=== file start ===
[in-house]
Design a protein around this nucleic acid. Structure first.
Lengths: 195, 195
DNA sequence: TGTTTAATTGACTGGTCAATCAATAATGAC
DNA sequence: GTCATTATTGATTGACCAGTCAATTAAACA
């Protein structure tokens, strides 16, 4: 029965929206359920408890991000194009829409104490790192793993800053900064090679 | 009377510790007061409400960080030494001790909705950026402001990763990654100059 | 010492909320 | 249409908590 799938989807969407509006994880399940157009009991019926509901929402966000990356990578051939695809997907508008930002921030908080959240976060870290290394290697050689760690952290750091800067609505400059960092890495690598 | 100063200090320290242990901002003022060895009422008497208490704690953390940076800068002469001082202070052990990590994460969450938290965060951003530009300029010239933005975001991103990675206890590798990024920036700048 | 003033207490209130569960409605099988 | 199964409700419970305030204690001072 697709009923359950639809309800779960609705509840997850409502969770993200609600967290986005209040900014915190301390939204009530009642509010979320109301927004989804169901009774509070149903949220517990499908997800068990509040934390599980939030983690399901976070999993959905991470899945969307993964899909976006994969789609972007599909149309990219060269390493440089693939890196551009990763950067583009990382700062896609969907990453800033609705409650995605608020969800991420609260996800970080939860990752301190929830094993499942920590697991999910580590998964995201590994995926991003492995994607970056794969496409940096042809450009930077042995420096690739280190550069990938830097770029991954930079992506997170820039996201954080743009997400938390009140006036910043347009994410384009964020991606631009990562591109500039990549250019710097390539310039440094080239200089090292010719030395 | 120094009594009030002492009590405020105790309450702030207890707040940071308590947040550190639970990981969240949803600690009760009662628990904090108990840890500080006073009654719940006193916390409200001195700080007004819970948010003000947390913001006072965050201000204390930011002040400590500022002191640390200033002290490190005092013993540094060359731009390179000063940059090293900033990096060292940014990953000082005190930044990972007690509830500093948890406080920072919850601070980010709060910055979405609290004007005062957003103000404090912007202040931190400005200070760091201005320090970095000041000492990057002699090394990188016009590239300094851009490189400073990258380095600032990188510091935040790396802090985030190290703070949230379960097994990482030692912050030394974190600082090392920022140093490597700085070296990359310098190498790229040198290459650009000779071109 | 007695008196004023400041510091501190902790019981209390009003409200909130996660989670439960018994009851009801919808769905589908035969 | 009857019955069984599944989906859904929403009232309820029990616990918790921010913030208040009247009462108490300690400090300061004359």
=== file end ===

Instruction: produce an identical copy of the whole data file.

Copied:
[in-house]
Design a protein around this nucleic acid. Structure first.
Lengths: 195, 195
DNA sequence: TGTTTAATTGACTGGTCAATCAATAATGAC
DNA sequence: GTCATTATTGATTGACCAGTCAATTAAACA
């Protein structure tokens, strides 16, 4: 029965929206359920408890991000194009829409104490790192793993800053900064090679 | 009377510790007061409400960080030494001790909705950026402001990763990654100059 | 010492909320 | 249409908590 799938989807969407509006994880399940157009009991019926509901929402966000990356990578051939695809997907508008930002921030908080959240976060870290290394290697050689760690952290750091800067609505400059960092890495690598 | 100063200090320290242990901002003022060895009422008497208490704690953390940076800068002469001082202070052990990590994460969450938290965060951003530009300029010239933005975001991103990675206890590798990024920036700048 | 003033207490209130569960409605099988 | 199964409700419970305030204690001072 697709009923359950639809309800779960609705509840997850409502969770993200609600967290986005209040900014915190301390939204009530009642509010979320109301927004989804169901009774509070149903949220517990499908997800068990509040934390599980939030983690399901976070999993959905991470899945969307993964899909976006994969789609972007599909149309990219060269390493440089693939890196551009990763950067583009990382700062896609969907990453800033609705409650995605608020969800991420609260996800970080939860990752301190929830094993499942920590697991999910580590998964995201590994995926991003492995994607970056794969496409940096042809450009930077042995420096690739280190550069990938830097770029991954930079992506997170820039996201954080743009997400938390009140006036910043347009994410384009964020991606631009990562591109500039990549250019710097390539310039440094080239200089090292010719030395 | 120094009594009030002492009590405020105790309450702030207890707040940071308590947040550190639970990981969240949803600690009760009662628990904090108990840890500080006073009654719940006193916390409200001195700080007004819970948010003000947390913001006072965050201000204390930011002040400590500022002191640390200033002290490190005092013993540094060359731009390179000063940059090293900033990096060292940014990953000082005190930044990972007690509830500093948890406080920072919850601070980010709060910055979405609290004007005062957003103000404090912007202040931190400005200070760091201005320090970095000041000492990057002699090394990188016009590239300094851009490189400073990258380095600032990188510091935040790396802090985030190290703070949230379960097994990482030692912050030394974190600082090392920022140093490597700085070296990359310098190498790229040198290459650009000779071109 | 007695008196004023400041510091501190902790019981209390009003409200909130996660989670439960018994009851009801919808769905589908035969 | 009857019955069984599944989906859904929403009232309820029990616990918790921010913030208040009247009462108490300690400090300061004359």